Antigone and Hobson's Choice Compared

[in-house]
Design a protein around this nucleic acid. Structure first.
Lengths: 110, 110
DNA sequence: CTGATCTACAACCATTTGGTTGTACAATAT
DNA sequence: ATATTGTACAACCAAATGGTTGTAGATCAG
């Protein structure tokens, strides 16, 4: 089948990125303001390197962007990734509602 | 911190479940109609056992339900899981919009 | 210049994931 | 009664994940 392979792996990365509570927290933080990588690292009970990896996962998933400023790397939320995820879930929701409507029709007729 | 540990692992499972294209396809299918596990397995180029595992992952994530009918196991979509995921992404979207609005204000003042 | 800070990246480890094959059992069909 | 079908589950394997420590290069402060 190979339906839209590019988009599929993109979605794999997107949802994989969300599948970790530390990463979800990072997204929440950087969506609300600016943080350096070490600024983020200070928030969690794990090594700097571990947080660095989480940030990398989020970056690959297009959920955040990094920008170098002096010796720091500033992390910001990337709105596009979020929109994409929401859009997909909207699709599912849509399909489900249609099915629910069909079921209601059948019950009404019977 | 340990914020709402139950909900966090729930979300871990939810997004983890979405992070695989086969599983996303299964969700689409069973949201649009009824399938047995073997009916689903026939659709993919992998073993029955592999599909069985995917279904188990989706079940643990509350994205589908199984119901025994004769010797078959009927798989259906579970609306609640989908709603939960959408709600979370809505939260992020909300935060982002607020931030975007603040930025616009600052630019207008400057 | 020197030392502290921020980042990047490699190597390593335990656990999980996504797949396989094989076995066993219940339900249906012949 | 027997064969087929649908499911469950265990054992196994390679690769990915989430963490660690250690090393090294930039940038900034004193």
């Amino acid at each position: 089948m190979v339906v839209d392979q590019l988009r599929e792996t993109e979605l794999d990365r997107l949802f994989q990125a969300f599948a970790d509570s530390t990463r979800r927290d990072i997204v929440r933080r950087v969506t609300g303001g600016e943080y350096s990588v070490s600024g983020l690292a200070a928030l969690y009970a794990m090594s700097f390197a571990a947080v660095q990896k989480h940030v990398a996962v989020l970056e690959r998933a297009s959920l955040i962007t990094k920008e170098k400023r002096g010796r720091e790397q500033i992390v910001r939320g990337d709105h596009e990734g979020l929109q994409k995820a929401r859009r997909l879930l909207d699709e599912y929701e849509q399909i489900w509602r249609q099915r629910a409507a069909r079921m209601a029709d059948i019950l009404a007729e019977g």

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While one may strive to fulfill what they see as the good life, it often comes at the cost of our interpersonal relationships, as demonstrated in Sophocles Antigone, and in Harold Brighouse's Hobson's Choice. In Antigone, Kreon makes an attempt to uphold his beliefs and values to obtain what he views as the good life, and it costs him his family, while in Hobson's Choice, Henry Horatio Hobson attempted to maintain a certain standard of living so he could have a good life for himself, and it came at the cost of his daughters. In Antigone, Kreon is struggling to fight for the good life in the way that he see's fit. As the ruler of Thebes, he declares that the body of one of the two brothers who fought a civil war over Thebes, Polyneices, not be buried. In Kreon's eyes, this edict was a necessary precaution in order to protect his city and his people. However, this decree came at a great cost to his interpersonal relationships. Originally, his niece, Antigone, was caught attempting to bury the body of Polyneices, who was her brother, in order to give him the honor that he deserves in death. This greatly angers Kreon, he sees her actions as a direct opposition to him, and orders that she be sentenced to death. At this point, we see the collapse of his first relationship. Kreon is being forced to chose between upholding his values, or facing the consequences of sending Antigone to her death, and he chooses to fight for what he views as right. Moreover, once he decides that

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